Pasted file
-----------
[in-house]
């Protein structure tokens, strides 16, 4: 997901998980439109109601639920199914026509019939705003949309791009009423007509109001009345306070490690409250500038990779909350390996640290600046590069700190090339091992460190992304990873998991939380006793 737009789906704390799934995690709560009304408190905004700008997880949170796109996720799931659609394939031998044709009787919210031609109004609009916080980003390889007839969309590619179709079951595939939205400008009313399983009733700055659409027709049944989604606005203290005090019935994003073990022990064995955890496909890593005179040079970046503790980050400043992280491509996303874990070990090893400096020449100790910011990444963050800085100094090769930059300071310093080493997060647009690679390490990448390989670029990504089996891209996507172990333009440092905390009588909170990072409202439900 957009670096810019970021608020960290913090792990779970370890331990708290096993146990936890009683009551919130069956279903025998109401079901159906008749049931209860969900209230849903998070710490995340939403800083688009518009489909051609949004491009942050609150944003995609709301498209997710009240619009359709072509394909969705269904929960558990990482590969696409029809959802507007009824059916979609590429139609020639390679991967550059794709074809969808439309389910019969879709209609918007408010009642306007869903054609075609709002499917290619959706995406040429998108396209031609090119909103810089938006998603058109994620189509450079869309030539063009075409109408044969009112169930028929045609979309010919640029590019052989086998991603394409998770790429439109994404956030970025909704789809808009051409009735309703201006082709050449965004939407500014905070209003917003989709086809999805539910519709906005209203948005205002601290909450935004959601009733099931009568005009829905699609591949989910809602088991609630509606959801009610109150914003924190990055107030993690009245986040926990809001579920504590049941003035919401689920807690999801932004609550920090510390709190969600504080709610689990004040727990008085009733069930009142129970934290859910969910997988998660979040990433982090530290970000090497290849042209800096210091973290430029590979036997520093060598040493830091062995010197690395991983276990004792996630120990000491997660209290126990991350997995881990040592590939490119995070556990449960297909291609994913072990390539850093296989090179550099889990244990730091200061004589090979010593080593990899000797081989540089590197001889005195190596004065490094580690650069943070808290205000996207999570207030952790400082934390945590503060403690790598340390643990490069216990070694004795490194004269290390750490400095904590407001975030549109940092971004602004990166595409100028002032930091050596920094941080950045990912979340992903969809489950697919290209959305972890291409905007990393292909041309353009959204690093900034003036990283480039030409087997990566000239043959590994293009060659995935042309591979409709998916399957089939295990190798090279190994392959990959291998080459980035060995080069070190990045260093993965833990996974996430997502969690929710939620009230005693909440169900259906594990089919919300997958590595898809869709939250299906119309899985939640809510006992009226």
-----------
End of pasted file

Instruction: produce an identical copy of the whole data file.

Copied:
[in-house]
């Protein structure tokens, strides 16, 4: 997901998980439109109601639920199914026509019939705003949309791009009423007509109001009345306070490690409250500038990779909350390996640290600046590069700190090339091992460190992304990873998991939380006793 737009789906704390799934995690709560009304408190905004700008997880949170796109996720799931659609394939031998044709009787919210031609109004609009916080980003390889007839969309590619179709079951595939939205400008009313399983009733700055659409027709049944989604606005203290005090019935994003073990022990064995955890496909890593005179040079970046503790980050400043992280491509996303874990070990090893400096020449100790910011990444963050800085100094090769930059300071310093080493997060647009690679390490990448390989670029990504089996891209996507172990333009440092905390009588909170990072409202439900 957009670096810019970021608020960290913090792990779970370890331990708290096993146990936890009683009551919130069956279903025998109401079901159906008749049931209860969900209230849903998070710490995340939403800083688009518009489909051609949004491009942050609150944003995609709301498209997710009240619009359709072509394909969705269904929960558990990482590969696409029809959802507007009824059916979609590429139609020639390679991967550059794709074809969808439309389910019969879709209609918007408010009642306007869903054609075609709002499917290619959706995406040429998108396209031609090119909103810089938006998603058109994620189509450079869309030539063009075409109408044969009112169930028929045609979309010919640029590019052989086998991603394409998770790429439109994404956030970025909704789809808009051409009735309703201006082709050449965004939407500014905070209003917003989709086809999805539910519709906005209203948005205002601290909450935004959601009733099931009568005009829905699609591949989910809602088991609630509606959801009610109150914003924190990055107030993690009245986040926990809001579920504590049941003035919401689920807690999801932004609550920090510390709190969600504080709610689990004040727990008085009733069930009142129970934290859910969910997988998660979040990433982090530290970000090497290849042209800096210091973290430029590979036997520093060598040493830091062995010197690395991983276990004792996630120990000491997660209290126990991350997995881990040592590939490119995070556990449960297909291609994913072990390539850093296989090179550099889990244990730091200061004589090979010593080593990899000797081989540089590197001889005195190596004065490094580690650069943070808290205000996207999570207030952790400082934390945590503060403690790598340390643990490069216990070694004795490194004269290390750490400095904590407001975030549109940092971004602004990166595409100028002032930091050596920094941080950045990912979340992903969809489950697919290209959305972890291409905007990393292909041309353009959204690093900034003036990283480039030409087997990566000239043959590994293009060659995935042309591979409709998916399957089939295990190798090279190994392959990959291998080459980035060995080069070190990045260093993965833990996974996430997502969690929710939620009230005693909440169900259906594990089919919300997958590595898809869709939250299906119309899985939640809510006992009226």